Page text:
If you drink, don’t drive’ , few slogans have remained as engraved as this one from a 1985 campaign by the General Directorate of Traffic ( DGT ). Stevie Wonder sang in the back seat of a convertible and, finally, the artist North American said the mythical phrase in Spanish.
As much as the slogan has passed into history, the Alcohol and drugs are to blame for more than 40% of deaths at the wheel , according to the DGT.
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Some of these deaths, perhaps, would have been avoided if a mobile phone had warned them that they were drunk . Many others do not, because, probably, those drivers did not need any device to alert them to the danger of driving in their state. They were absolutely aware of it and yet they pulled away.
Harsh awareness campaigns, raw images, apps , everything is welcome to tackle the scourge of deaths on the roads . Something similar must have been thought by Brian Suffoletto, now in the Department of Emergency Medicine at Stanford School of Medicine and formerly at the University of Pittsburgh School of Medicine.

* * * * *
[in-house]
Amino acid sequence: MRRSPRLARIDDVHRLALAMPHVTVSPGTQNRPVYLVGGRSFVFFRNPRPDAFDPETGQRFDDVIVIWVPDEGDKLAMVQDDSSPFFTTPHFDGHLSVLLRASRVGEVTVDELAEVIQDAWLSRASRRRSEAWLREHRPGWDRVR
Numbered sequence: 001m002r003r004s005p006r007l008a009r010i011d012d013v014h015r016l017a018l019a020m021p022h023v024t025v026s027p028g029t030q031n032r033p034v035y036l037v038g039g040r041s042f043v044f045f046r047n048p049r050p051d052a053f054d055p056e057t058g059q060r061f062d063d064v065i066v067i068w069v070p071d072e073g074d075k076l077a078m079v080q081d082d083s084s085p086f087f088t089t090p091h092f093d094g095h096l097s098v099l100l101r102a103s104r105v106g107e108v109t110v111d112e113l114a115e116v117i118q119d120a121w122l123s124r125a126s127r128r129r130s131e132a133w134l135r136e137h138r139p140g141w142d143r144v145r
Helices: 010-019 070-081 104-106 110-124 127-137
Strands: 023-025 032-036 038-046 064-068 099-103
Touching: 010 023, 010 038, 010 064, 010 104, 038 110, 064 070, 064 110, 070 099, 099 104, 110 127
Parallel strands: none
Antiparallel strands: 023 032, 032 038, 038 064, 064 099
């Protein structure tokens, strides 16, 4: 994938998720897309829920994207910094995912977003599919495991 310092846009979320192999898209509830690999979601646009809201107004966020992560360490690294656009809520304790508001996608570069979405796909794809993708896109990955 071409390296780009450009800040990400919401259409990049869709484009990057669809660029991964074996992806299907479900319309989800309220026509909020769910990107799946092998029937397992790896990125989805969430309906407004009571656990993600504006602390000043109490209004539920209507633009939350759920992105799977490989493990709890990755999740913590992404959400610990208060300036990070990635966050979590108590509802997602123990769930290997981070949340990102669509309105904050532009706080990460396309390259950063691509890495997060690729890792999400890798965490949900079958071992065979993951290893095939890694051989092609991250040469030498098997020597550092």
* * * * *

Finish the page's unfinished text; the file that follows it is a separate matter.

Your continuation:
When he was in this second academic center, he began, together with other researchers, a project that, in the future, would make the phones know if we are drunk .
The typical ‘try to walk in a straight line’, but with technology
Suffoletto says that a friend of his died in a traffic accident and that, in his experience as an emergency doctor, he saw many cases of people injured . This led him to start this experiment.
To do this, they recruited 23 adults aged 21 years or older, who consumed alcohol at least once a week. In a lab, they asked participants to walk 10 steps forward and 10 steps back with a smartphone placed on their lower back . The devices mobile measured acceleration and movement.
Stock image of a breathalyzer.
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Subsequently, they drank vodka to reach a concentration of 0.2 grams of alcohol per liter of blood and repeated the walk every hour for the next seven, while, thanks to mobile phones, the movements were still analyzed. With all the data, they say, they have drawn up a mathematical model that can detect the level of alcohol poisoning with more precision than the usual breathalyzers.